Private investors in a gas bar taken over by Roseau River Anishinabe First Nation say they left peacefully when evicted by the band Wednesday night but they're not giving up without a legal fight.
"We're going to the courts to rule on the legality of our being there," said David Doer. He said he and Larry Penner, owner of Penner Oil, are seeking a court injunction to take back control of the Red Sun Smoke Shop & Gas Bar on band-owned land until the courts can decide on the bigger question of whether to honour their 20-year lease of the land.
"This is a real problem," said Doer, an accountant for First Nations for more than 30 years and the brother of former premier Gary Doer.
"When you have something like this, no person is going to invest one dollar in an Indian band when they think they're going to lose all of their investment," he said.
Roseau Chief Ken Henry held a news conference Thursday to say the band is "elated" it has taken over the gas bar on its land along Highway 6.
Henry has been in a long-running dispute with former Roseau chief Terry Nelson, now grand chief of the Southern Chiefs Organization.
Nelson's daughter, Kathy Nelson, runs much of the operation along with Doer. Henry and his council allege most revenue from the gas bar and smoke shop are accruing to Kathy Nelson and Doer.
The band says revenue -- millions of dollars in cigarette rebates and gas sales -- properly belongs to Roseau. Henry said the First Nation invested $2.1 million of its Treaty Land Entitlement money in the business but hasn't seen any return on its investment in the past several years.
Doer said the band invested nothing in the seven-year-old business.
"It is a total lie that the band has any money in the building or the operating of the building," said Doer. "They should refer to their own audit."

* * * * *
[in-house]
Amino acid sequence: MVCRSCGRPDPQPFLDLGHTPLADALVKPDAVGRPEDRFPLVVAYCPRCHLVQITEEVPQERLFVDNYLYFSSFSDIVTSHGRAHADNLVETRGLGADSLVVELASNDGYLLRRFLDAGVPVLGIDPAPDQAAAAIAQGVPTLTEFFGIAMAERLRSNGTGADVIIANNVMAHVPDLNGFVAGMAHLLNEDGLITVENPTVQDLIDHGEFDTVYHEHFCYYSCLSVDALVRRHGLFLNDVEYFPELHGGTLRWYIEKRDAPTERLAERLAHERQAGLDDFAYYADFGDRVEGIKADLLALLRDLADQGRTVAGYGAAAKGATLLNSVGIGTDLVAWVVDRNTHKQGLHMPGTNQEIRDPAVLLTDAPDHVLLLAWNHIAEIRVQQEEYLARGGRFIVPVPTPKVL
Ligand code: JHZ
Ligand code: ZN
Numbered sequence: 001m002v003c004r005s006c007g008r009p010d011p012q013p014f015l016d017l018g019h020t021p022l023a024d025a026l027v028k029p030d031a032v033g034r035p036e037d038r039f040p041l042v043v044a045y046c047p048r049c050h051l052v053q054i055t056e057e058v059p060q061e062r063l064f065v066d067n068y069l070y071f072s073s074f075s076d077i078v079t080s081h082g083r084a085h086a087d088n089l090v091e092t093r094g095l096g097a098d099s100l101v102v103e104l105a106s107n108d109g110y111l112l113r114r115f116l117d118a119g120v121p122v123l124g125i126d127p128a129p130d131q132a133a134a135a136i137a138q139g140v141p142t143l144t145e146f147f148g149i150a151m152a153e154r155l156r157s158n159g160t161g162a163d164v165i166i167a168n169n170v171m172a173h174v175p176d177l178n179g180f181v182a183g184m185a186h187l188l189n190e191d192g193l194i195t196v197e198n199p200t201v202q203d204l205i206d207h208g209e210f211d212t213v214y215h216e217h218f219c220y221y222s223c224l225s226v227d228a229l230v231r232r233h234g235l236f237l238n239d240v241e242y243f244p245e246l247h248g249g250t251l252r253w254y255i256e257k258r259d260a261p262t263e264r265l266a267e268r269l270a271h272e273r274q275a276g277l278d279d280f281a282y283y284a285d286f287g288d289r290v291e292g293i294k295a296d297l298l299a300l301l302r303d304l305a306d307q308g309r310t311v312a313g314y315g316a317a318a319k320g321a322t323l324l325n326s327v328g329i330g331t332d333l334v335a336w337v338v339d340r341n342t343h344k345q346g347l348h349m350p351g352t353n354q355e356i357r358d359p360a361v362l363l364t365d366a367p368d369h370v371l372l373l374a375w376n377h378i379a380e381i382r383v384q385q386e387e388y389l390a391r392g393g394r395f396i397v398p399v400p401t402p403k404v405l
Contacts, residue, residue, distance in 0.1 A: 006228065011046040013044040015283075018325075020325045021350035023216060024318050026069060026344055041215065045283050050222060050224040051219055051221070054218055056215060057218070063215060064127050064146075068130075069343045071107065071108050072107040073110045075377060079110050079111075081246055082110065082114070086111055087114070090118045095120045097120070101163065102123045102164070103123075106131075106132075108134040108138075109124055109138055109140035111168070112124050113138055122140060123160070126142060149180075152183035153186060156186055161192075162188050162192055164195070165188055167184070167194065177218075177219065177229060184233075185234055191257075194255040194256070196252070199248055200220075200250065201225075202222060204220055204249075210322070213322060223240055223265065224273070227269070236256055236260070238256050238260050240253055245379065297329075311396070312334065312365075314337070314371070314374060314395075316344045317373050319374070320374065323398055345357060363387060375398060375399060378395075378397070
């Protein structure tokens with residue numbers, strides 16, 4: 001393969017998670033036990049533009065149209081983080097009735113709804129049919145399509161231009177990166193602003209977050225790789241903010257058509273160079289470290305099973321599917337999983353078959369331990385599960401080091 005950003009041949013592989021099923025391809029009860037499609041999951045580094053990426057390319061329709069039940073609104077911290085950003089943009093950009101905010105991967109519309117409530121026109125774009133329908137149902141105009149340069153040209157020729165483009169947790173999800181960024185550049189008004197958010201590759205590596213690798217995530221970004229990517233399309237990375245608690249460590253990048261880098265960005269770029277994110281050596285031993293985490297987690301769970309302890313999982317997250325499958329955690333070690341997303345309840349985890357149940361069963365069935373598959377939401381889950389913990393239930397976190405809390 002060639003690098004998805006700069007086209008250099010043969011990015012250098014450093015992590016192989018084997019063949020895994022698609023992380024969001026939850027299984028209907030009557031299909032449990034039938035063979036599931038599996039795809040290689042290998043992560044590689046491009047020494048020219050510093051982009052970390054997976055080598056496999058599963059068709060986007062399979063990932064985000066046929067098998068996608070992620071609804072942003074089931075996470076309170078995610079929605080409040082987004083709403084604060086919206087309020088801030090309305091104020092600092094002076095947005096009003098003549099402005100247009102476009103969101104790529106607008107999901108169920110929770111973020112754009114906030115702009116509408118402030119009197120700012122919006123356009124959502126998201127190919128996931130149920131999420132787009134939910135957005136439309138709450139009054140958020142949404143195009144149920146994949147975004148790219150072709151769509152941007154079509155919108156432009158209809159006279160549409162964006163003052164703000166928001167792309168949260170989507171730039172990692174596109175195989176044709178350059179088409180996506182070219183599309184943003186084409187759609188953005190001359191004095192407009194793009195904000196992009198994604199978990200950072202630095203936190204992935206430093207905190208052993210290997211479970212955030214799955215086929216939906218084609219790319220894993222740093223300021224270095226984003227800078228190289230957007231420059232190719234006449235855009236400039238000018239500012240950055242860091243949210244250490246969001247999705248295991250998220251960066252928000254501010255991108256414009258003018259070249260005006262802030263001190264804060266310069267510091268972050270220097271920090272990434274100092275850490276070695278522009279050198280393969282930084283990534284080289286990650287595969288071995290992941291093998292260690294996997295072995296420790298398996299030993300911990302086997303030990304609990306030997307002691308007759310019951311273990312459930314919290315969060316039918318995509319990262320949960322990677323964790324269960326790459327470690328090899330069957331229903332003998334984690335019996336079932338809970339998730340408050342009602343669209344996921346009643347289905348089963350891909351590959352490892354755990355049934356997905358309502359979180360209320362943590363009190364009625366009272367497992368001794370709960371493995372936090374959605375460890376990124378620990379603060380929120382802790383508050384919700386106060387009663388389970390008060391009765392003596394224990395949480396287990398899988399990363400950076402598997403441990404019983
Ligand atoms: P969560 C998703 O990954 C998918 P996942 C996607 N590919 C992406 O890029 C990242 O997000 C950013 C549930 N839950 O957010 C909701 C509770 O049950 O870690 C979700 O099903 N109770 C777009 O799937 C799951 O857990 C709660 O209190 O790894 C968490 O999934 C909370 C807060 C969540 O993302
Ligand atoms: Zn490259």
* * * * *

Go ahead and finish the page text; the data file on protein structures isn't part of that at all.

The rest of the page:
Doer said the band paid $350,000 to put gravel on the site and $600,000 for the gaming centre next door.
Doer said he put up the money for the gas bar and its furnishings and Penner Oil provided the gas tanks, pumps and operating system. The store had a 20-year lease that was approved before the band voted in a 2008 referendum not to approve commercial designation of the land, he said.
"The band will not live up to an agreement they have in place for the tobacco tax rebate," said Doer. "It's split between the band and Red Sun Smoke Shop -- it's a written agreement.
"They're supposed to pay for sewer and water, garbage pickup and Internet. They would not and it had gone into arrears."
The business, not the band, has been paying for the services for several years, he said. They haven't submitted the tobacco-tax rebate tax receipts because the band will scoop the money and the shop won't get its cut or the services promised in the lease, Doer said.
"We've always been available to negotiate," he said. "All they have to do is assure us we'll get our fair portion. No other First Nation takes 100 per cent of the operating revenue. They're saying, 'Get out of the building and give us 100 per cent of the rebate.' "
Chief Henry said the gas bar's 35 employees can keep their jobs and the band is ready to get down to business.
"One of the things we're most looking forward to is expansion," he said.
The lack of a commercial designation for the property has held it back from attracting new investors, he said.
"A lot of businesses didn't come. We will convert this land and get it designated," said Henry. "They need that assurance that business can and will go on for many years to come."
Doer said the eviction and court battle will hurt everyone. "I said to the chief (Henry) last night: 'This is ridiculous -- everyone is going to pay a fortune in court costs if we don't come to an agreement.' They don't seem to want to make a deal -- they want to take it over and own everything themselves without compensation to us," Doer said.
"If self-government is where we're headed, they have to deal with the letter of the law."